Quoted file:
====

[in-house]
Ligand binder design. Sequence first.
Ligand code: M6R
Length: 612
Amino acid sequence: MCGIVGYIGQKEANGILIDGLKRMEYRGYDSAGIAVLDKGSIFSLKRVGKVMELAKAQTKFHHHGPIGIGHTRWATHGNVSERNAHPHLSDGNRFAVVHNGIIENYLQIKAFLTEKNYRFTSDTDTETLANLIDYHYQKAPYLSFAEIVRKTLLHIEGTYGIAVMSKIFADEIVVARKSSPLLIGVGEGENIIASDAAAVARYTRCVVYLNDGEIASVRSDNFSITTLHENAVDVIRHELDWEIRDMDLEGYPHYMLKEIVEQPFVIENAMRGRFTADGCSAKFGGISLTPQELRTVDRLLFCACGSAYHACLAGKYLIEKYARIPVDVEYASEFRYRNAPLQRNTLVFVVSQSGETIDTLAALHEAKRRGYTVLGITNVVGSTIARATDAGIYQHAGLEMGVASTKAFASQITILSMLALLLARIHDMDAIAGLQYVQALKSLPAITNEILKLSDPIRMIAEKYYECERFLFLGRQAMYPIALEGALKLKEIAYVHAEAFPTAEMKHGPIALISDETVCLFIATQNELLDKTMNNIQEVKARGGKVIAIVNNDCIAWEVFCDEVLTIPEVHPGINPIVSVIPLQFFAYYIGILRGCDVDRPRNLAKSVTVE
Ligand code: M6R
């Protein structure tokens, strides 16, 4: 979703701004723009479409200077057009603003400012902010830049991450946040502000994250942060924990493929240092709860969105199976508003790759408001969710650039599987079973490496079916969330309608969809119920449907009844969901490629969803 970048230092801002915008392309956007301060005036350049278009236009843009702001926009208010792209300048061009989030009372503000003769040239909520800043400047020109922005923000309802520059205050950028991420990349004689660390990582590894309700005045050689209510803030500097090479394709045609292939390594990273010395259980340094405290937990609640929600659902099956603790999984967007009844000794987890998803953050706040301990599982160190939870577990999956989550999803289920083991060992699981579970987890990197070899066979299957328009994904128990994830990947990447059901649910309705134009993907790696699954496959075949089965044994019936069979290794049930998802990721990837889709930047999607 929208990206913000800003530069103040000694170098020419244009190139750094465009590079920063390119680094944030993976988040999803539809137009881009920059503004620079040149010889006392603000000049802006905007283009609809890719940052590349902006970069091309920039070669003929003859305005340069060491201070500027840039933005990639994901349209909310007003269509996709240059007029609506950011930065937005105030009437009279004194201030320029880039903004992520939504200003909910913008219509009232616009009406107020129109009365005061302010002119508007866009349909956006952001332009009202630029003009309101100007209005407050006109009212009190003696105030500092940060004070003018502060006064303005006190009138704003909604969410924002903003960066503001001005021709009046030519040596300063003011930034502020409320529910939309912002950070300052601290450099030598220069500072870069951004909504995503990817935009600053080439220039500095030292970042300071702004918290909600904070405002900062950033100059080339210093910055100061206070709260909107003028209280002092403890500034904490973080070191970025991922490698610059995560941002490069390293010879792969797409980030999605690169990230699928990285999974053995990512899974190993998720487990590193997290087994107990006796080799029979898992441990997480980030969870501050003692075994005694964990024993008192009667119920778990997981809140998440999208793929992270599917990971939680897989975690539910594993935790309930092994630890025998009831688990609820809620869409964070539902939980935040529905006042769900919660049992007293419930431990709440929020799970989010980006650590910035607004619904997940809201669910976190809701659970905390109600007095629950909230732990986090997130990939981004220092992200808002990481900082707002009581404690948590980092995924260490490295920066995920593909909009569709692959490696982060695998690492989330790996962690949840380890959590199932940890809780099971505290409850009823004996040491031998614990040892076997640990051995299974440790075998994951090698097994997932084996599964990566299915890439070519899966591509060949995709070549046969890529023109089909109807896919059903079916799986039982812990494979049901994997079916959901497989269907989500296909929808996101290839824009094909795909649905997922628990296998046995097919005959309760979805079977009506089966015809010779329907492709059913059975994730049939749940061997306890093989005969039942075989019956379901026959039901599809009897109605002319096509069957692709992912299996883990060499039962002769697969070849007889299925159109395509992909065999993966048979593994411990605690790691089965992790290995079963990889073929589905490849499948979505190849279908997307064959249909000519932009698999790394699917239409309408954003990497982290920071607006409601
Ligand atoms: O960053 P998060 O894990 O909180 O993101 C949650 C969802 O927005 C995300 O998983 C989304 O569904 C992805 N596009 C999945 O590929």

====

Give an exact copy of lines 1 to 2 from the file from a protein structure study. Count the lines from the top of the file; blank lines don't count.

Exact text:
[in-house]
Ligand binder design. Sequence first.